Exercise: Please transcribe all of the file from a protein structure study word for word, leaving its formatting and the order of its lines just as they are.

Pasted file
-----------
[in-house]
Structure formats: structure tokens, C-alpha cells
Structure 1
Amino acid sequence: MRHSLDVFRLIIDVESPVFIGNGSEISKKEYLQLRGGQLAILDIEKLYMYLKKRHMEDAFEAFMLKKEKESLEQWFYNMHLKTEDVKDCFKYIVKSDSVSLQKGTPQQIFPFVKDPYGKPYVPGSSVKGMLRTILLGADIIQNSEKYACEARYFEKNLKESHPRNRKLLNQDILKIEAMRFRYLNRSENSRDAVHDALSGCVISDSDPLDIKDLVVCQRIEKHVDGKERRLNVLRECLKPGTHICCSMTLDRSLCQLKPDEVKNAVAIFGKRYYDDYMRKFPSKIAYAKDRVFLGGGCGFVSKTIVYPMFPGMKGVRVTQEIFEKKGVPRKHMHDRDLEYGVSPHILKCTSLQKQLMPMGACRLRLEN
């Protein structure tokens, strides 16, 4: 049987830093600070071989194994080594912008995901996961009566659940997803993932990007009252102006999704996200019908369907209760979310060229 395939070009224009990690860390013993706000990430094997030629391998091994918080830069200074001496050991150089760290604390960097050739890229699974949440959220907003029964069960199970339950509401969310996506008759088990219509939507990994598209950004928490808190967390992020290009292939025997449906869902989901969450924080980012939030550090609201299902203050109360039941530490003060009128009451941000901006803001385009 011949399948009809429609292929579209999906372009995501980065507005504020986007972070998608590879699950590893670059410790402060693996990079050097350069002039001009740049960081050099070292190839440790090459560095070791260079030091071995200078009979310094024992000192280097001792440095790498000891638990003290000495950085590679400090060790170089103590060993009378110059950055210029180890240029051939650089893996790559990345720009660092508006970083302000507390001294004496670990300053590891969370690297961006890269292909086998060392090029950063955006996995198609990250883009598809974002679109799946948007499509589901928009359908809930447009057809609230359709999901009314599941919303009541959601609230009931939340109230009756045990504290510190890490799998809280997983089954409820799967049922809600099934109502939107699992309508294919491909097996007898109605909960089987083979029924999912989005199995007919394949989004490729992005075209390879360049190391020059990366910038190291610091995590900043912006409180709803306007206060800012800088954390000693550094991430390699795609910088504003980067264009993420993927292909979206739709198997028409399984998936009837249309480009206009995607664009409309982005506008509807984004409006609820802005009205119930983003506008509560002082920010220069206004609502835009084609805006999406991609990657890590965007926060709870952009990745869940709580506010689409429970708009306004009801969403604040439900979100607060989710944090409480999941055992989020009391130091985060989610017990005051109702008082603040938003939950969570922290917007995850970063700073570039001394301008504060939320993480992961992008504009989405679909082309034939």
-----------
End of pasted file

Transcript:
[in-house]
Structure formats: structure tokens, C-alpha cells
Structure 1
Amino acid sequence: MRHSLDVFRLIIDVESPVFIGNGSEISKKEYLQLRGGQLAILDIEKLYMYLKKRHMEDAFEAFMLKKEKESLEQWFYNMHLKTEDVKDCFKYIVKSDSVSLQKGTPQQIFPFVKDPYGKPYVPGSSVKGMLRTILLGADIIQNSEKYACEARYFEKNLKESHPRNRKLLNQDILKIEAMRFRYLNRSENSRDAVHDALSGCVISDSDPLDIKDLVVCQRIEKHVDGKERRLNVLRECLKPGTHICCSMTLDRSLCQLKPDEVKNAVAIFGKRYYDDYMRKFPSKIAYAKDRVFLGGGCGFVSKTIVYPMFPGMKGVRVTQEIFEKKGVPRKHMHDRDLEYGVSPHILKCTSLQKQLMPMGACRLRLEN
């Protein structure tokens, strides 16, 4: 049987830093600070071989194994080594912008995901996961009566659940997803993932990007009252102006999704996200019908369907209760979310060229 395939070009224009990690860390013993706000990430094997030629391998091994918080830069200074001496050991150089760290604390960097050739890229699974949440959220907003029964069960199970339950509401969310996506008759088990219509939507990994598209950004928490808190967390992020290009292939025997449906869902989901969450924080980012939030550090609201299902203050109360039941530490003060009128009451941000901006803001385009 011949399948009809429609292929579209999906372009995501980065507005504020986007972070998608590879699950590893670059410790402060693996990079050097350069002039001009740049960081050099070292190839440790090459560095070791260079030091071995200078009979310094024992000192280097001792440095790498000891638990003290000495950085590679400090060790170089103590060993009378110059950055210029180890240029051939650089893996790559990345720009660092508006970083302000507390001294004496670990300053590891969370690297961006890269292909086998060392090029950063955006996995198609990250883009598809974002679109799946948007499509589901928009359908809930447009057809609230359709999901009314599941919303009541959601609230009931939340109230009756045990504290510190890490799998809280997983089954409820799967049922809600099934109502939107699992309508294919491909097996007898109605909960089987083979029924999912989005199995007919394949989004490729992005075209390879360049190391020059990366910038190291610091995590900043912006409180709803306007206060800012800088954390000693550094991430390699795609910088504003980067264009993420993927292909979206739709198997028409399984998936009837249309480009206009995607664009409309982005506008509807984004409006609820802005009205119930983003506008509560002082920010220069206004609502835009084609805006999406991609990657890590965007926060709870952009990745869940709580506010689409429970708009306004009801969403604040439900979100607060989710944090409480999941055992989020009391130091985060989610017990005051109702008082603040938003939950969570922290917007995850970063700073570039001394301008504060939320993480992961992008504009989405679909082309034939």